The objective of this research is to model the geometric variability of the glenoid of the scapula. The glenoid is the “socket” component of the “ball and socket” connection of the shoulder joint. The model must capture the observed variability with sufficient resolution such that it informs both operative and design decisions. Creating the model required the application of existing mathematical and statistical modeling approaches, including geometric fitting, radial basis functions (RBFs), and principal component analysis (PCA). The landmark identification process represented the glenoid in a new manner. This work was validated against existing approaches and computed tomography (CT) scans from 42 patients. Information on the range of shoulder geometries can assist with preoperative planning as well as implant design for total shoulder arthroplasty (TSA). PCA was used to quantify the variability of shape across landmarks used to represent the glenoid shape. These landmark locations could be used to generate full surface meshes of existing glenoids or new glenoid models synthesized by changing principal components (PC). The process of creation of these shoulder geometries may be useful for the study of other joints. The models created will help surgeons and engineers to understand the effects of osteoarthritis on bone geometry, as well as the range of variability present in healthy shoulders.

Introduction

Total shoulder arthroplasty (TSA) is performed in patients who have lost mobility in their shoulder due to arthritic wear on their glenoid. The glenoid is the socket component of the shoulder joint. An implant is inserted in the glenoid vault to support the new ball joint implanted on the humerus. Complications, such as improper sizing and alignment of this implant, can cause poor surgical outcomes. These include failure to restore full mobility to the shoulder, losing mobility over time due to loosening of the implant, and shoulder pain. The alignment of the glenoid component is complex due to the variation of orientation among healthy patients and the wear on the original glenoid face caused by osteoarthritis. In order to predict the effects of osteoarthritis and create implants that can restore the shoulder, it is important to fully understand the variability across healthy patients.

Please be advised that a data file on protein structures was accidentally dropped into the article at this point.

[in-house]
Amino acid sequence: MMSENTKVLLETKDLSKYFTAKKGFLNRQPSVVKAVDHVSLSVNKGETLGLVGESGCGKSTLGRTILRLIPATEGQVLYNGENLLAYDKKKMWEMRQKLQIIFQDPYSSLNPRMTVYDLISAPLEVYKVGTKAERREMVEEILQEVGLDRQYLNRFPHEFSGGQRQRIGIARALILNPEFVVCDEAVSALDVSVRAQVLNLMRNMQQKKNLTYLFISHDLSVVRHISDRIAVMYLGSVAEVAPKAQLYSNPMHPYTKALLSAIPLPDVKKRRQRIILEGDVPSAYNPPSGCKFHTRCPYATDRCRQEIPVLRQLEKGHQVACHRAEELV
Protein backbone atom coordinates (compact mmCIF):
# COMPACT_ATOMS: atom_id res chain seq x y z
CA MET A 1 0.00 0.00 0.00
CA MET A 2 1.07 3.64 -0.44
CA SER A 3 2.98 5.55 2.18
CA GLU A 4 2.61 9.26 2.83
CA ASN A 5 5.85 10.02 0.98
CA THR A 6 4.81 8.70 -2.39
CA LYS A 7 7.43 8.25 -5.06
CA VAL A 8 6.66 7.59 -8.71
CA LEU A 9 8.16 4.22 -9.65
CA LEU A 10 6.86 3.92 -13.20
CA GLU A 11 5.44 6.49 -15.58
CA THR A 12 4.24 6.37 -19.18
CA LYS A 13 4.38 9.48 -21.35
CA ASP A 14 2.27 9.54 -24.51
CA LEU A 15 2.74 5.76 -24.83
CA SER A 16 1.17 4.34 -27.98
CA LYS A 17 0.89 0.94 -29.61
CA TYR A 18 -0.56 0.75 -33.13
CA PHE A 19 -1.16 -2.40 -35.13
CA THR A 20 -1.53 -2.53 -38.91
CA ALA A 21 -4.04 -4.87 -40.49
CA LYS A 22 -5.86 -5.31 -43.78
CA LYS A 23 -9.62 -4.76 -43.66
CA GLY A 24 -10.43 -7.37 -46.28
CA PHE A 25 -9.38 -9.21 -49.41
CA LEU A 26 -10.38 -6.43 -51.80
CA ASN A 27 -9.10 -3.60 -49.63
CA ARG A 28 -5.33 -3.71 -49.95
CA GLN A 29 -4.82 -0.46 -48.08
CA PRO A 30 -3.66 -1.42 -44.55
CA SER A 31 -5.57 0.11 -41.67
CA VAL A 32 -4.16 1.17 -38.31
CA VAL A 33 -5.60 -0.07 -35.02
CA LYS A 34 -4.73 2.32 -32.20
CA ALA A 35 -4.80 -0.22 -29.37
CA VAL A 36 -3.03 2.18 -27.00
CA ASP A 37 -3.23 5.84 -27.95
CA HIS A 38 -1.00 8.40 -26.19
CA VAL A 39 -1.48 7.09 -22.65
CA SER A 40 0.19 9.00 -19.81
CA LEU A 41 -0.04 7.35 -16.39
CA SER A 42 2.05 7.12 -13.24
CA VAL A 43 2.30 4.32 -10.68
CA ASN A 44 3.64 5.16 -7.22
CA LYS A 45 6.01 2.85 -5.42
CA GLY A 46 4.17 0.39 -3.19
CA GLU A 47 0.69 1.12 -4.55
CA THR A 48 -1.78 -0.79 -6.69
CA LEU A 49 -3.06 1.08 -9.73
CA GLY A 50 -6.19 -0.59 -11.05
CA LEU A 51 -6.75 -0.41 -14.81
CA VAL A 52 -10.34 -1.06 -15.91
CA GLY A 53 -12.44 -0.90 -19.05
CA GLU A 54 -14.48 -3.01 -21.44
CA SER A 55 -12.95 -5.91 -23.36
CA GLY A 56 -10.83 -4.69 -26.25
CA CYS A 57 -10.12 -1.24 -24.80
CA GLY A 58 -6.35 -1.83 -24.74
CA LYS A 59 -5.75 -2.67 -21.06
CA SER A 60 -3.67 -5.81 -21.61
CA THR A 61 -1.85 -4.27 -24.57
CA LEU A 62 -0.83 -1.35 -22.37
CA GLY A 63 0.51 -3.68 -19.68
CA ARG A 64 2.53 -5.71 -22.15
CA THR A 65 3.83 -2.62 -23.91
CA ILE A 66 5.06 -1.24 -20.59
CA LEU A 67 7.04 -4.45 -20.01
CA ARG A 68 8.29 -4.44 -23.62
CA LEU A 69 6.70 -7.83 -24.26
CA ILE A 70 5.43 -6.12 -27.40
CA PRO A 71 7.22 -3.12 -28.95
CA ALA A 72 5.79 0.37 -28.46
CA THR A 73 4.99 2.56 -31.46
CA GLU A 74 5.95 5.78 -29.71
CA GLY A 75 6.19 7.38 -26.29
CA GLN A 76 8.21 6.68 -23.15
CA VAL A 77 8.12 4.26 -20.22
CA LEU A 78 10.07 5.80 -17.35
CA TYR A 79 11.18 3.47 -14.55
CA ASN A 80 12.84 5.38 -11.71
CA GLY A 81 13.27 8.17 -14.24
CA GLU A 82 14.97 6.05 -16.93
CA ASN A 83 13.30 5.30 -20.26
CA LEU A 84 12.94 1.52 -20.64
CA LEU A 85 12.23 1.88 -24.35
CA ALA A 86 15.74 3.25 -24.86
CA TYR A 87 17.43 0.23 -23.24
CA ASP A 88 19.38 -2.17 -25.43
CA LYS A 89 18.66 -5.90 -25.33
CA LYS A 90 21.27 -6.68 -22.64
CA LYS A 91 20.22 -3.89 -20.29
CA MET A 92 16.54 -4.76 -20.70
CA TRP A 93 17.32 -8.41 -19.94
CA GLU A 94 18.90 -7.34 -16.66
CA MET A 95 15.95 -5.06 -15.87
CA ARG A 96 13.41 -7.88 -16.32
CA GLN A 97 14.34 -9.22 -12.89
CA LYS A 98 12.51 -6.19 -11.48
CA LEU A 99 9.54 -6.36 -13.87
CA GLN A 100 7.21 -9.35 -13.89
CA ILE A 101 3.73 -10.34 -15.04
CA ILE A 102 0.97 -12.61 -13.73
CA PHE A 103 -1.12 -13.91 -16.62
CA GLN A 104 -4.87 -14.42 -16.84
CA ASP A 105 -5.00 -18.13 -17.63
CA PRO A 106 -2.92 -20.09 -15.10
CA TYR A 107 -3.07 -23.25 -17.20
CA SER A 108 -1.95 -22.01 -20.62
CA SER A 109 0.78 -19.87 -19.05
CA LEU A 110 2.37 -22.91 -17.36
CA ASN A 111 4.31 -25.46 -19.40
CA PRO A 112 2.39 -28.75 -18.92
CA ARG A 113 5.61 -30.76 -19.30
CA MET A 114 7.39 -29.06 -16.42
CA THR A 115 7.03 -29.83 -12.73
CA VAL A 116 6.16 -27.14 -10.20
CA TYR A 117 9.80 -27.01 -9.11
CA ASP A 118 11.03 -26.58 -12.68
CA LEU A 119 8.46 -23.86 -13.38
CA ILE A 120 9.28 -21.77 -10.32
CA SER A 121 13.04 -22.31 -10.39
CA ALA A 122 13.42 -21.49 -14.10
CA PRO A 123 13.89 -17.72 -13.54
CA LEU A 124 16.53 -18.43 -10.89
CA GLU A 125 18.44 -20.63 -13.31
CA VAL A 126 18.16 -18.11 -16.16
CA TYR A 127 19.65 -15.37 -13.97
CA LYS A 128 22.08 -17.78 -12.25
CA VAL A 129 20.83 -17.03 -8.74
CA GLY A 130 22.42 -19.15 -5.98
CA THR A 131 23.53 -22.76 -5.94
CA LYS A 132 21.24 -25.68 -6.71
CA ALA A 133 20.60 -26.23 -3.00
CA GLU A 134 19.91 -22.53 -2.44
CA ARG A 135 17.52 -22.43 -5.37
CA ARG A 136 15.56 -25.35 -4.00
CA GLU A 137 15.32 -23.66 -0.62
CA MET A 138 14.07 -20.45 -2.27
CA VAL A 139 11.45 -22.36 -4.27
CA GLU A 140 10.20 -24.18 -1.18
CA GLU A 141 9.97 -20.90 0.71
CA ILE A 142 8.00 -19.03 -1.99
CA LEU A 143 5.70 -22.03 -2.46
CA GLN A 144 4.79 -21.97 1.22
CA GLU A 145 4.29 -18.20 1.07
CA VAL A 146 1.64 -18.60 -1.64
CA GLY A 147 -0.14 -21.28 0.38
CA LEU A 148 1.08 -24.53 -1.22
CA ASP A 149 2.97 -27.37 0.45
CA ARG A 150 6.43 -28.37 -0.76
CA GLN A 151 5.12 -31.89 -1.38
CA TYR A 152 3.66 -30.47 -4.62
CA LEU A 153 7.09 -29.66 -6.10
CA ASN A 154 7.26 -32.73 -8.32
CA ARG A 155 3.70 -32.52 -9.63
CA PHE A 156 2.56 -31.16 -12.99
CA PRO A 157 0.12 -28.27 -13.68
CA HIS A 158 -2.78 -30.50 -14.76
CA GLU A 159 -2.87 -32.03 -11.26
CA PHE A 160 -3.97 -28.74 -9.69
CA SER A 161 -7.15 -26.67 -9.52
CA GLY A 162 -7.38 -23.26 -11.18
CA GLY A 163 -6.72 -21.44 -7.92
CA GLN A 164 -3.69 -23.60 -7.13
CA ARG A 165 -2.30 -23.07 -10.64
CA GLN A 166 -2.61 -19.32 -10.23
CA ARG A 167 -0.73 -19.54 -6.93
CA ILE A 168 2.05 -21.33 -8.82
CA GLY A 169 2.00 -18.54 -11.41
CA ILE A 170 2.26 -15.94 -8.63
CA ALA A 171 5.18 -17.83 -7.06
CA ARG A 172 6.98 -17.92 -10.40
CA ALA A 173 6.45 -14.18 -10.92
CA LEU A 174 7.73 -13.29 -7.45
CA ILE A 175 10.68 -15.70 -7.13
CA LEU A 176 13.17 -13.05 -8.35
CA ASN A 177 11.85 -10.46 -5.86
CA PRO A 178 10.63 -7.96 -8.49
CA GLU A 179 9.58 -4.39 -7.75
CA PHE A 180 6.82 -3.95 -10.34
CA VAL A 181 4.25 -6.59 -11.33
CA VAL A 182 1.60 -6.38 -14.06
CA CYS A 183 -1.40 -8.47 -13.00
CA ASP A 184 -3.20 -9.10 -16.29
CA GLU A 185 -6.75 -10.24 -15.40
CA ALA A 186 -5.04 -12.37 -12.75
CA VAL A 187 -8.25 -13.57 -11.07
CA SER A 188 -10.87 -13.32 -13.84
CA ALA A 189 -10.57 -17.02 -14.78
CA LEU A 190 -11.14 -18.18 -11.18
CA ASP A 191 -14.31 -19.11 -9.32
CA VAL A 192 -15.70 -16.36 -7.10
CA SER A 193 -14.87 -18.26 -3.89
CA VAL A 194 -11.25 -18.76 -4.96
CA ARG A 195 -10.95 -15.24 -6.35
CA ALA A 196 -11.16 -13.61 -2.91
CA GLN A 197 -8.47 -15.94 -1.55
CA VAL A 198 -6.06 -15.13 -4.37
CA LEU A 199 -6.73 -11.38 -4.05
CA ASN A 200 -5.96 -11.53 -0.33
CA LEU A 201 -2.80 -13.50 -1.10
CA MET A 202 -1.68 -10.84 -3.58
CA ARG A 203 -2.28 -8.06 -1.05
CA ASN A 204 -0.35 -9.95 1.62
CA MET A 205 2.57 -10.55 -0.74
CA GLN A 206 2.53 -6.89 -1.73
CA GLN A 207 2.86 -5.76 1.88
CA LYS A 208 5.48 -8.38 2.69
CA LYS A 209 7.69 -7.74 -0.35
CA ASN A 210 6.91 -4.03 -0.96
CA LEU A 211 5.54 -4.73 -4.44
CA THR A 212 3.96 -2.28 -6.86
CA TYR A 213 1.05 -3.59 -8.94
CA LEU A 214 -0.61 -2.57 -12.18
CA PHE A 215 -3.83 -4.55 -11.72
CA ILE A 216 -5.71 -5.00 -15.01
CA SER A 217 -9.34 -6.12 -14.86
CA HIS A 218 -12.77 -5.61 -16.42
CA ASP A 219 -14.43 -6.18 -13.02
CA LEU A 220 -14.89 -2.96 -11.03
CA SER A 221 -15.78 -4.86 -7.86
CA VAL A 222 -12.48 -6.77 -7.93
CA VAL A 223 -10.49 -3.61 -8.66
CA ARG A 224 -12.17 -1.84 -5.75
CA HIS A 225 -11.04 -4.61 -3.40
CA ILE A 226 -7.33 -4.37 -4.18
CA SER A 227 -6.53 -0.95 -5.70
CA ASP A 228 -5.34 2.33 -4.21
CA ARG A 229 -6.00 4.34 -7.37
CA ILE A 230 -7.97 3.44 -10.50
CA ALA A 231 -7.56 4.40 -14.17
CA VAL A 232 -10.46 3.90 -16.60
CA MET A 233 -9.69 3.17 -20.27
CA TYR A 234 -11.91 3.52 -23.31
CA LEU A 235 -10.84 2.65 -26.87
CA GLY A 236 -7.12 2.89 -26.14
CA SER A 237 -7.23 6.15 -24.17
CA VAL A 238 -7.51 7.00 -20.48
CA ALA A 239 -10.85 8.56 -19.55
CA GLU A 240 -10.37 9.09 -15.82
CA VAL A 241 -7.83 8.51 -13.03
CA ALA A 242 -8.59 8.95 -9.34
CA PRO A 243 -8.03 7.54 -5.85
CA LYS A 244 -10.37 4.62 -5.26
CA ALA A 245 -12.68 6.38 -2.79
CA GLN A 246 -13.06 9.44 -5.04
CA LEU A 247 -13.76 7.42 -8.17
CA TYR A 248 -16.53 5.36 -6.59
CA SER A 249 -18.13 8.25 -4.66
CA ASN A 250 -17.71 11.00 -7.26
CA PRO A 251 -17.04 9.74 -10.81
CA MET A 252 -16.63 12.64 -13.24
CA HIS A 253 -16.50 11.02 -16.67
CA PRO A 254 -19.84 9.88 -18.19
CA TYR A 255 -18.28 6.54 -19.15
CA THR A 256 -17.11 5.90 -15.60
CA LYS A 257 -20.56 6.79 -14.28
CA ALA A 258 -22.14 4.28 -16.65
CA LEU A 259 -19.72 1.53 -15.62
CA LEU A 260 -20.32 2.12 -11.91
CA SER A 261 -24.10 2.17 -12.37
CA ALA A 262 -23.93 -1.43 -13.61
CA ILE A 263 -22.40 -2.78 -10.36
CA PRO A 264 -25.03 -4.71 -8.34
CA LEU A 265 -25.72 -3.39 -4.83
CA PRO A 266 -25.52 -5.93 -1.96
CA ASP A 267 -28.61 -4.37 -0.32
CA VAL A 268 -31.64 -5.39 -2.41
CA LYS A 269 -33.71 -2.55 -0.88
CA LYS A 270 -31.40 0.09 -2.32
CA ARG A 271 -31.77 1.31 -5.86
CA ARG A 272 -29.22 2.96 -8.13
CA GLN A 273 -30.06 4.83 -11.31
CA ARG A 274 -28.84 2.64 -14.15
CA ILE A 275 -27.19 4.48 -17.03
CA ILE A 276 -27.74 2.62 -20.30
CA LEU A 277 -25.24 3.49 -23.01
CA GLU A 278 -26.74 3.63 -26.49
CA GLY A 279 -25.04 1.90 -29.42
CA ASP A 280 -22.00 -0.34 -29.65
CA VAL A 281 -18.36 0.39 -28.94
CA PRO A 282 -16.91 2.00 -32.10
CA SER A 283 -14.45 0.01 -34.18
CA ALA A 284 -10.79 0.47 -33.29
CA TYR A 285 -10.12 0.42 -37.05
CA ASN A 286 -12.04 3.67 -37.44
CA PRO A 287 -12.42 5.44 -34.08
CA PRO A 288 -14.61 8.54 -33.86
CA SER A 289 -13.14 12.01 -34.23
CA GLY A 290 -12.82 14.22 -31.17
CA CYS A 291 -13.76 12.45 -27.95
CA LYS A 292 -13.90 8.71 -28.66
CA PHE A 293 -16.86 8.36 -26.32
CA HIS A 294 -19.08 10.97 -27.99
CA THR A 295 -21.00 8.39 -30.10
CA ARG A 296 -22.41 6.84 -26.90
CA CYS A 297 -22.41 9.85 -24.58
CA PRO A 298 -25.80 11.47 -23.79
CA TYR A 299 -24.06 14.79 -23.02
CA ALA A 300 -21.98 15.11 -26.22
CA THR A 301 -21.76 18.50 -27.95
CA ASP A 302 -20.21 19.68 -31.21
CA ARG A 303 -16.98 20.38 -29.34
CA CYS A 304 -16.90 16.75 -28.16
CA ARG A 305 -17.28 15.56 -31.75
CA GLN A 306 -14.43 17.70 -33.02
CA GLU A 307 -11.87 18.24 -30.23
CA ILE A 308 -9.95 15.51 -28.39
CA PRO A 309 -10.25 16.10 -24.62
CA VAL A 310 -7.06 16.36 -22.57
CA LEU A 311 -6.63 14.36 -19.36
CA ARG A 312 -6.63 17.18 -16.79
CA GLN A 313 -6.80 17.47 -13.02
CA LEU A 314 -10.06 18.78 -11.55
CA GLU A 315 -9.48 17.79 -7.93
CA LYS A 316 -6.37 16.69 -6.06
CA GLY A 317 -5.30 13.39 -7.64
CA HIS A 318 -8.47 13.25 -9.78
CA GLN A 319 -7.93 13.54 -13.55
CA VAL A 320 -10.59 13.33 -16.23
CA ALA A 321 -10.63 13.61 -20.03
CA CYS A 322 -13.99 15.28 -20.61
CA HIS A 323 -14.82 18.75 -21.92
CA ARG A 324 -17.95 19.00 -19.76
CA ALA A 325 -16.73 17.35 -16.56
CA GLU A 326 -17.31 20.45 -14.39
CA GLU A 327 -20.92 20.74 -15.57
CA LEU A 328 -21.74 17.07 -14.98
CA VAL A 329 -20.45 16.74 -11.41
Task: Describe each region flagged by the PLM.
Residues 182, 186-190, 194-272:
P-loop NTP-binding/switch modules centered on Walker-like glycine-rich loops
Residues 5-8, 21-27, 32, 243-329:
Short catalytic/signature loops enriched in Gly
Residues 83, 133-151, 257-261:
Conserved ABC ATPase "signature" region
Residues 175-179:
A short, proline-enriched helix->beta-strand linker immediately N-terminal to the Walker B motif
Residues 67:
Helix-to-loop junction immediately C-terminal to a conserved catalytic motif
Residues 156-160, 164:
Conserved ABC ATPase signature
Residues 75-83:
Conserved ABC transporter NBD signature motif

This research was conducted in collaboration with a physician who specializes in shoulder and elbow surgery. Computed tomography (CT) scans of both healthy and osteoarthritic shoulders were provided for this research. The CT scans of healthy and osteoarthritic patients were used to create a statistical method of estimating glenoid and glenoid vault geometry.